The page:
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Anterior Arthroscopic Cervical Discectomy

Open anterior cervical discectomy with or without fusion is the standard operative treatment for cervical disc disease at this time. If the treating physician is to fully counsel his patient concerning surgical alternatives, then cervical endoscopic discectomy must be included.

Open anterior cervical procedures are very intimidating, cervical endoscopy is much less intimidating. This arthroscopy and discectomy have been made possible with advanced technology and are performed through a very small incision. This procedure is performed under general anesthesia with spinal monitoring for maximum patient safety. The skin over the involved disc is identified with the use of fluoroscopy. The soft tissues are pushed out of the way by an assistant or a co-surgeon. A needle is passed through the skin and soft tissue for a short distance into the disc, and an arthroscope is passed over the needle into the disc and the needle is removed.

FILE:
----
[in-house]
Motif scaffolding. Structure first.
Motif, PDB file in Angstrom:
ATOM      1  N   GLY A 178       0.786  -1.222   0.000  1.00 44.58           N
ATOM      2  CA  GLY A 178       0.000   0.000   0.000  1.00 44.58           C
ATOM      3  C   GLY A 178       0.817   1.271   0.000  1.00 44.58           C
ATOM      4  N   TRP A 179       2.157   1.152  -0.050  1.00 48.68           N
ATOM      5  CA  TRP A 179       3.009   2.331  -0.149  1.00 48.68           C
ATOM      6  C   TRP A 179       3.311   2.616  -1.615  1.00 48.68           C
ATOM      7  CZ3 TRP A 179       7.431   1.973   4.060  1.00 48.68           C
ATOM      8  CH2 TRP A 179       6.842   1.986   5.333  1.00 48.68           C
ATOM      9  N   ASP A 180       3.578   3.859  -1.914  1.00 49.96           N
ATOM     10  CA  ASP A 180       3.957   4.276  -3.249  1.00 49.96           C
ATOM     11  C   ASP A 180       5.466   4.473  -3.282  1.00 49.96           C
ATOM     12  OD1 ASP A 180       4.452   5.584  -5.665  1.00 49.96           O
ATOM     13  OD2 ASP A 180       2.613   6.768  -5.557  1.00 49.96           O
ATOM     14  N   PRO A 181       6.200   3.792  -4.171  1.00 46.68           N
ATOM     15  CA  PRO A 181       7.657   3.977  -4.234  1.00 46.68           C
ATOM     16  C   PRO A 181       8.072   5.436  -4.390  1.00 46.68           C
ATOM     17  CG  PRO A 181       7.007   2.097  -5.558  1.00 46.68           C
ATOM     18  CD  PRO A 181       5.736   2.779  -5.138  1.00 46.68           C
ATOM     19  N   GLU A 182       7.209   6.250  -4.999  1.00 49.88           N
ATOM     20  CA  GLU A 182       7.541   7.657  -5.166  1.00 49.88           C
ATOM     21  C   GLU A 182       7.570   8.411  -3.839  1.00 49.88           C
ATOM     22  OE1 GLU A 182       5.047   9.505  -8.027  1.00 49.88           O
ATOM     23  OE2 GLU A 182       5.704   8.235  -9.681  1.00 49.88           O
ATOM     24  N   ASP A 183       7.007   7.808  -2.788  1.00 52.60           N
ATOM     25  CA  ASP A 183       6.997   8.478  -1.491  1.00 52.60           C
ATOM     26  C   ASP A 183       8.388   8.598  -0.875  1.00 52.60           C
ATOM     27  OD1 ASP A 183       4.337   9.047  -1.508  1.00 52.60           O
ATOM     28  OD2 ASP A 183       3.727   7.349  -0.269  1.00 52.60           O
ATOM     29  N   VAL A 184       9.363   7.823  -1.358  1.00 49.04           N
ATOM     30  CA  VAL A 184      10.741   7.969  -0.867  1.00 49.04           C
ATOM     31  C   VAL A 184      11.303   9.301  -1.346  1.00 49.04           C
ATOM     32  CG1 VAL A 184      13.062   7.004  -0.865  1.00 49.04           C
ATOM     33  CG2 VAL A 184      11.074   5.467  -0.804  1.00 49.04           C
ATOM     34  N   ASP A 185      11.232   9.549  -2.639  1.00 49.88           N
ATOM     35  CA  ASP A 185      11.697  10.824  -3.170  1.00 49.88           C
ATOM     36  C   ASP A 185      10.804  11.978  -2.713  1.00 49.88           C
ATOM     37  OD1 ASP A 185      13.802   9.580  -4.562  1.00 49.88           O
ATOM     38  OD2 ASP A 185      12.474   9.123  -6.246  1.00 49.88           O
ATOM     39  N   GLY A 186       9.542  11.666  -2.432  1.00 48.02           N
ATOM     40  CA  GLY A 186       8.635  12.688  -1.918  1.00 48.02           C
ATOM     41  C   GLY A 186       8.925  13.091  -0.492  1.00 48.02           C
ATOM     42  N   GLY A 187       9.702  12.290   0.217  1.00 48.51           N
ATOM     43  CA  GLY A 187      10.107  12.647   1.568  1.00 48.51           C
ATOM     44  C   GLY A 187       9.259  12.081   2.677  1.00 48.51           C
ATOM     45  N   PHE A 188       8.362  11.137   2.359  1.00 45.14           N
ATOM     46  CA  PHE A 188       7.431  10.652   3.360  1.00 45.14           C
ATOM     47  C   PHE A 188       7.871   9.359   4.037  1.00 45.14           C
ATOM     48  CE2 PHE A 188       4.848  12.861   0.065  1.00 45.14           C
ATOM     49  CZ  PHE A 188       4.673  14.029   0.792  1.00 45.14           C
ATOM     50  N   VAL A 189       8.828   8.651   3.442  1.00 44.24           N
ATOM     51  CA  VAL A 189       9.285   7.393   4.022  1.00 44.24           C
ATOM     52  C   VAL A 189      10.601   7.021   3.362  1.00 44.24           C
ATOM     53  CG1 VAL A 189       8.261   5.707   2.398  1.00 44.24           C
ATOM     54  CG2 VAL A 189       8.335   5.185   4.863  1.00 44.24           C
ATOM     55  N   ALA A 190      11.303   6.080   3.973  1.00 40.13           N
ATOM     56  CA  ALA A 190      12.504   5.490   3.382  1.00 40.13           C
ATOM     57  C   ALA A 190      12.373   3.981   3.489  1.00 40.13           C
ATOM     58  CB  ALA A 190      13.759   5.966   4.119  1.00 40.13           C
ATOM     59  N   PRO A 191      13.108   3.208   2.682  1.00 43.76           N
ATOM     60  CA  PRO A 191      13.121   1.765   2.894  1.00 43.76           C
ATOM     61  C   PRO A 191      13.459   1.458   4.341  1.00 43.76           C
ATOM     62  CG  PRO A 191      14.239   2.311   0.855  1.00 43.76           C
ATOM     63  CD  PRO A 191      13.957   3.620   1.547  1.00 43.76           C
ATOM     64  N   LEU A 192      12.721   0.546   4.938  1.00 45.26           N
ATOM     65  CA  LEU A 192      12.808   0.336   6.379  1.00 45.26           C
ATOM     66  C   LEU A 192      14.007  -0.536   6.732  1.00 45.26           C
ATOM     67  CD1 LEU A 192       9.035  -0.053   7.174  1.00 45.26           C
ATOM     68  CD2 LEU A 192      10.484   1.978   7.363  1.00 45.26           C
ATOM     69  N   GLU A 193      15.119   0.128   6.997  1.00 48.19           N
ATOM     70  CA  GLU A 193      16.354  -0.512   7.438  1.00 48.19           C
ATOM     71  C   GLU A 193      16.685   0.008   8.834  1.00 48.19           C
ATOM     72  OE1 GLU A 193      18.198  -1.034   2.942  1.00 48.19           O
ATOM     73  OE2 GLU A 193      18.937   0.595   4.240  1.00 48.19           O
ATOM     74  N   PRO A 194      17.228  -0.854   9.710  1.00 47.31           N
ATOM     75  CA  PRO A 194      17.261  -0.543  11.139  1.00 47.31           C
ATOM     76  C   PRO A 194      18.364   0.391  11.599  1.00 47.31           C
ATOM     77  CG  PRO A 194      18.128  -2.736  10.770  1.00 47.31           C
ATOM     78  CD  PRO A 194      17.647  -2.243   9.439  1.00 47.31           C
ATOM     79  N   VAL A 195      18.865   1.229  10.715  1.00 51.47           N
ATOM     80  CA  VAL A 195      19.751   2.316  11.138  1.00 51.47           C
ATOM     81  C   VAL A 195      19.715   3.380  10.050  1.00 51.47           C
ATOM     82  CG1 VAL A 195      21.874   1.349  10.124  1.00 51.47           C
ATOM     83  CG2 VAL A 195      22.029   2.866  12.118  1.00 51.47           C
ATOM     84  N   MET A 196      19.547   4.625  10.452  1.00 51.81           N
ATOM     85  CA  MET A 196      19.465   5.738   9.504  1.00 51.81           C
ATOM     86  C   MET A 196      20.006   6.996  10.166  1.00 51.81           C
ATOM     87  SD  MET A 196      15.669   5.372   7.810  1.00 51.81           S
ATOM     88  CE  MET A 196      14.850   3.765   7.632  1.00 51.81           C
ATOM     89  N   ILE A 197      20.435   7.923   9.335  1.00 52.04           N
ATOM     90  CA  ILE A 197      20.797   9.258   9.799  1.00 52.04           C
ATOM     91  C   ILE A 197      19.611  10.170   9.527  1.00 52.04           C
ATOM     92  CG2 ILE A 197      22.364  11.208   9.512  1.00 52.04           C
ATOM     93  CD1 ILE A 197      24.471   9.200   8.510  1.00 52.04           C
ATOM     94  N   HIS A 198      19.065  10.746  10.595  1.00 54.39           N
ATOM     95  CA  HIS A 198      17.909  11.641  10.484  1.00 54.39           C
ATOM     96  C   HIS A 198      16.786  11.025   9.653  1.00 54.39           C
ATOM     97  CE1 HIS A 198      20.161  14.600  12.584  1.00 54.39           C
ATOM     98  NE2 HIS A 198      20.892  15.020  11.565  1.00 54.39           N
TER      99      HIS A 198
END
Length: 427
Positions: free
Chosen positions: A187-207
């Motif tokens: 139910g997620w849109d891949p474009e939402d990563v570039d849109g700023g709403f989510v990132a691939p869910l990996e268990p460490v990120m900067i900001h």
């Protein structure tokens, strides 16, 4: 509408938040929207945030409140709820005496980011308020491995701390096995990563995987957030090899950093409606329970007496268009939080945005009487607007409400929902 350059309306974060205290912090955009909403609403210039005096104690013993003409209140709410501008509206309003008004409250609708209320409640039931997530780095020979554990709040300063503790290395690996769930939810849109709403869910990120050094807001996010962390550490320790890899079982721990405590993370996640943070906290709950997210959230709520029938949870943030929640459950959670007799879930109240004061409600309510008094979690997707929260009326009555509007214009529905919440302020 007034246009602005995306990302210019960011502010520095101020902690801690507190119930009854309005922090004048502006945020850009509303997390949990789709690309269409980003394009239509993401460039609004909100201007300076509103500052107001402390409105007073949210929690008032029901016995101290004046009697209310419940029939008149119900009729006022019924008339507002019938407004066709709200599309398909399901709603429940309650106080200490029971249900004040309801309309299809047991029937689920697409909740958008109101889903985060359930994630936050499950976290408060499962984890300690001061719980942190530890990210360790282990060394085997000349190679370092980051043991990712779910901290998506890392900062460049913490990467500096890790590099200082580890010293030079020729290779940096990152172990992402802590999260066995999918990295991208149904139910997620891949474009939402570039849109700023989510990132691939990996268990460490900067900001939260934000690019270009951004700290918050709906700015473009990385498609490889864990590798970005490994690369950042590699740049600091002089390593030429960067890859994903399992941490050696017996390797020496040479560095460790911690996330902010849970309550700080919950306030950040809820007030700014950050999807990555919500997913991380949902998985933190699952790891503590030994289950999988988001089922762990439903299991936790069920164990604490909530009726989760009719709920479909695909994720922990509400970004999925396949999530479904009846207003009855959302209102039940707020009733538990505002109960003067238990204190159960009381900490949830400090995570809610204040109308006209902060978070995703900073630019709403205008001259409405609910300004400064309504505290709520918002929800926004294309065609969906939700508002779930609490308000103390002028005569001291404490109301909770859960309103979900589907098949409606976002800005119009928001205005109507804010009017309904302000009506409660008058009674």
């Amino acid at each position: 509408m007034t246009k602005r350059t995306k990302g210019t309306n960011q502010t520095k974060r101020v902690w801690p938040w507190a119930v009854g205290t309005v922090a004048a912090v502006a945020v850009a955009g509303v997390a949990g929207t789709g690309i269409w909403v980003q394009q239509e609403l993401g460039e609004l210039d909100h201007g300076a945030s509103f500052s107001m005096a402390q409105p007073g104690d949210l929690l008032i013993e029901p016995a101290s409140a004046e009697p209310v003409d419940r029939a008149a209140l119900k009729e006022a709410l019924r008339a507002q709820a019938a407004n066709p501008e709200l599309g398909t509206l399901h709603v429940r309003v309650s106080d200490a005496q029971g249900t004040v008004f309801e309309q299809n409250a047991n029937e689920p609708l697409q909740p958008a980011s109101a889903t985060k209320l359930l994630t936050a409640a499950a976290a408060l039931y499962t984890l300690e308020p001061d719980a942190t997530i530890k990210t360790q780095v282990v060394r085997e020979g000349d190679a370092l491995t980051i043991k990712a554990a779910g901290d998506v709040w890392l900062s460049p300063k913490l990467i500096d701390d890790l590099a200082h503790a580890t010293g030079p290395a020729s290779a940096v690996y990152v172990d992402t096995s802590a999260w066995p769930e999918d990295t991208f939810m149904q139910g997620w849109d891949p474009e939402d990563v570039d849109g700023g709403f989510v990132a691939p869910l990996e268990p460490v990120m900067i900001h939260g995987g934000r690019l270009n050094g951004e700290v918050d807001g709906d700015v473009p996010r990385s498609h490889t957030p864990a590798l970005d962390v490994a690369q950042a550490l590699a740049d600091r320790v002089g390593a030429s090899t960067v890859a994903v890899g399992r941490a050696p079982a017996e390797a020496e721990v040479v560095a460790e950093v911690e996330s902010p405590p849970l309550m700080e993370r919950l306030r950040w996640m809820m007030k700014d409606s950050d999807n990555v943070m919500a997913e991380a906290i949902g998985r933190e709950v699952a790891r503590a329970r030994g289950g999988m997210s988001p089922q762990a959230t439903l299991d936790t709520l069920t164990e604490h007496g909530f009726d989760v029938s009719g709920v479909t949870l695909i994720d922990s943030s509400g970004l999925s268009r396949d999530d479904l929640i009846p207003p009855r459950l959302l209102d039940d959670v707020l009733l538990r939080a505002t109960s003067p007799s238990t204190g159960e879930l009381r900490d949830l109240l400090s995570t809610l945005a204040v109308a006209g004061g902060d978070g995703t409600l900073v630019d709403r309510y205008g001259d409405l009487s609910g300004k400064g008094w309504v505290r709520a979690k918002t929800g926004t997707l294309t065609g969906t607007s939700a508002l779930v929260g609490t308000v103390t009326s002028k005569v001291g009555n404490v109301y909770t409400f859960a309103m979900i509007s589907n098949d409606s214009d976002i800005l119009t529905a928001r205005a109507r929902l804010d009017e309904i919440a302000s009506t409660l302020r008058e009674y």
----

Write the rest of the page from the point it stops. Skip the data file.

The inside of the disc is then visualized and the portion of the disc responsible for the symptoms is removed with motorized instruments and also under direct visualization. A Band-Aid size dressing is applied and cervical collar is used for approximately two weeks.

Many patient have significant relief of their symptoms immediately following surgery. The patient is routinely discharged the same day and can resume normal physical activities in two to six weeks.

Benefits of cervical selective endoscopic disc when compared to alternative surgical procedures:

  • Minimal scarring
  • Minimal discomfort, much less pain than with open procedures
  • Reasonably less chance of complications than with open surgery
  • Anterior structure of the disc is still maintained
  • No planned hospitalization
  • Faster return to normal activity
  • Probable significant cost savings